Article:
On the evening of November 3, Khan took up a strong position on the northern bank of the river Adyar, at the very point where the French were supposed to cross the river, and lined up his guns along the bank of the river. But Paradis, who was an engineer by training, and his men started crossing the river undaunted and kept on volley firing at Khan’s forces while crossing.
The Nawab’s forces again got frightened because they were unaccustomed to such a charge from the enemy. They fled and took defensive positions in the fortifications of the town of St Thome. Paradis’ troops kept on firing repeated volleys at Khan’s troops in the narrow street of St Thome. The French soldiers of Madras also joined Paradis’ forces. This time, Mahfuz Khan too, fled. His army followed suit in great confusion.
Eyewitness Ananda Ranga Pillai – dubashi (interpretor) and Dupleix’s secretary – wrote :
“Paradis formed the soldiers and the sepoys into 4 divisions. He ordered each division to engage a separate body of the enemy. He placed himself at the head of the foremost party. Three rockets and four cannons were fired by the Muhammadans. Their contents fell into the river and caused no damage. The French then opened a volley of musketry on the enemy, killing numbers of them.
The Muhammadans threw down their arms and fled, with dishevelled hair and dress. Some fell dead in the act of flight. Mahfuz Khan also ran on foot, until he reached his elephant and then escaped.”
Considering the fact that Pillai worked for Dupleix, his version of the event could very well be coloured. The court historian of Nawab Anwar-ud-din wrote that the French attacked at night and since Khan’s army was not expecting a night attack, they were not ready and hence got confused in the darkness. The court historian’s version too appears biased and as if frantically searching for alibis to defend the cause of ignominious defeat by Mahfuz Khan’s forces.
In this fiasco, barely two French sepoys were killed whereas 300 soldiers of Khan’s army perished. William Dalrymple in his Anarchy writes:
“for the first time, techniques of 18th century European warfare, developed in Prussia had been tried out in India. It was immediately clear that nothing in the Mughal armoury could match their force.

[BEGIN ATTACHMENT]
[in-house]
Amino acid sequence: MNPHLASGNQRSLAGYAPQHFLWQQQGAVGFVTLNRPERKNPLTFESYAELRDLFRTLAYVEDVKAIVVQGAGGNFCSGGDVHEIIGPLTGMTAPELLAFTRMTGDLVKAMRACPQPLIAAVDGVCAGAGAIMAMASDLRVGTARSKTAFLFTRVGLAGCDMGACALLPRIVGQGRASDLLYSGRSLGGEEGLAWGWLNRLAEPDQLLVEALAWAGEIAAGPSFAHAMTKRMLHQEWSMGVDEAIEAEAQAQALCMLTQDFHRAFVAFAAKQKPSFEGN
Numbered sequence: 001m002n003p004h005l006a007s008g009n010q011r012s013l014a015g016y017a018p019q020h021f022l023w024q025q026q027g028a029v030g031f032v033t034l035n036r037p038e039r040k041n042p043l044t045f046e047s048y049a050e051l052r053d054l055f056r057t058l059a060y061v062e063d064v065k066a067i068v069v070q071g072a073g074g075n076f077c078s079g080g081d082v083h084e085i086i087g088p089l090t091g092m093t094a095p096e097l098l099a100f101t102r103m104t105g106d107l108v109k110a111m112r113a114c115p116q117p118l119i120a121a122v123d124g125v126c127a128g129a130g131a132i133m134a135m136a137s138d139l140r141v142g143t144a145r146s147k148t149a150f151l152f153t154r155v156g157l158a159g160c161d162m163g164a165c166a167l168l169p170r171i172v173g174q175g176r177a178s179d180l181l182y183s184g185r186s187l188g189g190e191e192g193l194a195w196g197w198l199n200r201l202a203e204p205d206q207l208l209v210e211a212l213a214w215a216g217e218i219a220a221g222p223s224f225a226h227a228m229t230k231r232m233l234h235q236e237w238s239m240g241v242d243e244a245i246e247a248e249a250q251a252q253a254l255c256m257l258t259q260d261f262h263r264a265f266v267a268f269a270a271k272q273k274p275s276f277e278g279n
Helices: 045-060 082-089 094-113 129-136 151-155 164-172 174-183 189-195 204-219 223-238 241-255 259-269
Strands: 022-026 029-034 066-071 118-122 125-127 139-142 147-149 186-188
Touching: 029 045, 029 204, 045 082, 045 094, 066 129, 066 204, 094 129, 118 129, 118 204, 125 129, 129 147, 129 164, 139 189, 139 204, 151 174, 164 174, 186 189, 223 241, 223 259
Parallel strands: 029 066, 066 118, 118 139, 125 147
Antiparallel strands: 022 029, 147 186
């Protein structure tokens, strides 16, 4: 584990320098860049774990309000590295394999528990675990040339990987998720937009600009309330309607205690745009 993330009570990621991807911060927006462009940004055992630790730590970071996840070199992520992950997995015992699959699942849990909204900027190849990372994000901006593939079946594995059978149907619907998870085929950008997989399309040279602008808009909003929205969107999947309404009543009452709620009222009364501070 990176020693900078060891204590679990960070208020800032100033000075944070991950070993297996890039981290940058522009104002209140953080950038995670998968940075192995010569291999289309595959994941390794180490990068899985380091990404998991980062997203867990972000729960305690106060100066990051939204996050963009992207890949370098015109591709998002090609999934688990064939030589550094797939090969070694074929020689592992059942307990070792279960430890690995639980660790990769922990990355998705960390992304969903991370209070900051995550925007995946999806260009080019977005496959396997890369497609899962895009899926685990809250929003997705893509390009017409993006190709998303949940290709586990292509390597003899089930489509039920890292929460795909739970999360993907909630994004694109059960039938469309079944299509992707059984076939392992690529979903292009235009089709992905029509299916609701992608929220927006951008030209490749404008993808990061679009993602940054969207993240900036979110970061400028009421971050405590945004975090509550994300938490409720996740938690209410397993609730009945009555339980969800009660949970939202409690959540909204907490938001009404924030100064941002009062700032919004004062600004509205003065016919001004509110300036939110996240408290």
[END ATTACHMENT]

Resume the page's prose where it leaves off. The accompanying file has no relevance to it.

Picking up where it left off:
Europeans had long suspected they were superior to the Mughals in tactical prowess, but they had not appreciated how great this advantage had become due to military developments in the half-century since 1687 when the pike-wielding troops of Josiah Child were quickly overwhelmed by Aurangzeb’s Mughal troops….”
“…..widespread introduction of flintlock muskets and socket bayonets which replaced pikes, organisation of infantry into battalions, regiments and brigades made continuous firing by the infantry a possibility.
The standard infantry tactic was a bayonet charge after devastating volley firing supported by mobile and accurate field artillery. The invention of screws for elevating the guns gave artillery greater precision and increased the firepower of the infantry, giving them an edge in battle against the cavalry.”
In this context, it is worthwhile to note that European mercenaries had long been coming to India, because of potential employment as artillery experts. However, many Indian rulers, writes Moxham, especially those who had originated from Persia, had an ambivalent attitude to artillery. They considered it necessary, but unchivalrous – not an occupation for gentlemen. In fact, such an attitude was also prevalent in Europe when small arms and cannons were developed but the Knights would not easily accept them as suitable instruments in battle. Similar conservative approach was seen even during the First World War, when tanks were being introduced to break the deadlock of position warfare, but the then commanders were more prone to clinging to vermin-ridden trenches and lose men, material and time instead.
The Portuguese in India too had this sort of reservation regarding artillery. Hence, though they manufactured artillery, yet their effectivity and accuracy were under the scanner. In fact, the Portuguese employed German gunners and recruited experts from other European nations to manufacture cannons. In 1503, two of Portuguese gun-founders from Milan defected to the Zamorin of Calicut (p 202, ‘The Theft of India’ -Moxham) where they cast artillery and trained gunners.
The Indians on the other hand, were making artillery from before the arrival of the Portuguese, but the quality was below par. Moreover, they lacked the expertise in its effective use. Many Eurasians entered the service of the Mughals. Rumi Khan from Turkey modernised the artillery of Bahadur Shah of Gujarat. He was aided by European mercenaries. Niccolo Manucci was an artillery officer for both Aurangzeb and his brother. Senior artillery officer of Nasir Jung was an Irishman. By the end of the 18th century, European artillery and infantry officers were attached to most Indian armies.